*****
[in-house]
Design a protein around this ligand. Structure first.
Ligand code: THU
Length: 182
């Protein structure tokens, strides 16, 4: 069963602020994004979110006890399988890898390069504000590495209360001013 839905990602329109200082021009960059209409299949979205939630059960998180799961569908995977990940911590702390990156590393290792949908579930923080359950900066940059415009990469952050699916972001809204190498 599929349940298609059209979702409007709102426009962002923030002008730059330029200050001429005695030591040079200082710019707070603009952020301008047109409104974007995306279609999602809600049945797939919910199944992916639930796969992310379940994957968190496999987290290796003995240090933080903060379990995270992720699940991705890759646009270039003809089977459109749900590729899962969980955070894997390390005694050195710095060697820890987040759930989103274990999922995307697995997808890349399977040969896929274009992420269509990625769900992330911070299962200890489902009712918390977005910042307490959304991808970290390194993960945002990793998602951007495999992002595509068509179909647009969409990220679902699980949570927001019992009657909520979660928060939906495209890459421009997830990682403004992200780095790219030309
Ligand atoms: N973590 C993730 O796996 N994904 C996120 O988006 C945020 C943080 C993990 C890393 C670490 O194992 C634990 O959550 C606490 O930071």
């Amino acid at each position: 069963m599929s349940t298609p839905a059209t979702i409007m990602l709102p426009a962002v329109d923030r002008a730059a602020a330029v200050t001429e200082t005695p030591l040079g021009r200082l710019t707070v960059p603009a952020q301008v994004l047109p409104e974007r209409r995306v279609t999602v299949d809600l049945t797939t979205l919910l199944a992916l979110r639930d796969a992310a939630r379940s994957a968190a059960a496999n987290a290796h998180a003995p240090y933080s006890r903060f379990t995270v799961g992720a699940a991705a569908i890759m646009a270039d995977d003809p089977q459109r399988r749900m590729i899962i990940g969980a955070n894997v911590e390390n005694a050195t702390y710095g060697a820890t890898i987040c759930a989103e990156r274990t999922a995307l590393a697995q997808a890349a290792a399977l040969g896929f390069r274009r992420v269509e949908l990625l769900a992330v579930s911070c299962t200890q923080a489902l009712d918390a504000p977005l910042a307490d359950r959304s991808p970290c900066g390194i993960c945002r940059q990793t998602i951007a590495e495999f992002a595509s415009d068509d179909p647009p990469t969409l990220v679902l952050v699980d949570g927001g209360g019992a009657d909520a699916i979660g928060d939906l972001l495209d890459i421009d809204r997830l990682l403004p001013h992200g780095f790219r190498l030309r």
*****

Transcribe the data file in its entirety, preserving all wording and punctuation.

[in-house]
Design a protein around this ligand. Structure first.
Ligand code: THU
Length: 182
């Protein structure tokens, strides 16, 4: 069963602020994004979110006890399988890898390069504000590495209360001013 839905990602329109200082021009960059209409299949979205939630059960998180799961569908995977990940911590702390990156590393290792949908579930923080359950900066940059415009990469952050699916972001809204190498 599929349940298609059209979702409007709102426009962002923030002008730059330029200050001429005695030591040079200082710019707070603009952020301008047109409104974007995306279609999602809600049945797939919910199944992916639930796969992310379940994957968190496999987290290796003995240090933080903060379990995270992720699940991705890759646009270039003809089977459109749900590729899962969980955070894997390390005694050195710095060697820890987040759930989103274990999922995307697995997808890349399977040969896929274009992420269509990625769900992330911070299962200890489902009712918390977005910042307490959304991808970290390194993960945002990793998602951007495999992002595509068509179909647009969409990220679902699980949570927001019992009657909520979660928060939906495209890459421009997830990682403004992200780095790219030309
Ligand atoms: N973590 C993730 O796996 N994904 C996120 O988006 C945020 C943080 C993990 C890393 C670490 O194992 C634990 O959550 C606490 O930071």
């Amino acid at each position: 069963m599929s349940t298609p839905a059209t979702i409007m990602l709102p426009a962002v329109d923030r002008a730059a602020a330029v200050t001429e200082t005695p030591l040079g021009r200082l710019t707070v960059p603009a952020q301008v994004l047109p409104e974007r209409r995306v279609t999602v299949d809600l049945t797939t979205l919910l199944a992916l979110r639930d796969a992310a939630r379940s994957a968190a059960a496999n987290a290796h998180a003995p240090y933080s006890r903060f379990t995270v799961g992720a699940a991705a569908i890759m646009a270039d995977d003809p089977q459109r399988r749900m590729i899962i990940g969980a955070n894997v911590e390390n005694a050195t702390y710095g060697a820890t890898i987040c759930a989103e990156r274990t999922a995307l590393a697995q997808a890349a290792a399977l040969g896929f390069r274009r992420v269509e949908l990625l769900a992330v579930s911070c299962t200890q923080a489902l009712d918390a504000p977005l910042a307490d359950r959304s991808p970290c900066g390194i993960c945002r940059q990793t998602i951007a590495e495999f992002a595509s415009d068509d179909p647009p990469t969409l990220v679902l952050v699980d949570g927001g209360g019992a009657d909520a699916i979660g928060d939906l972001l495209d890459i421009d809204r997830l990682l403004p001013h992200g780095f790219r190498l030309r």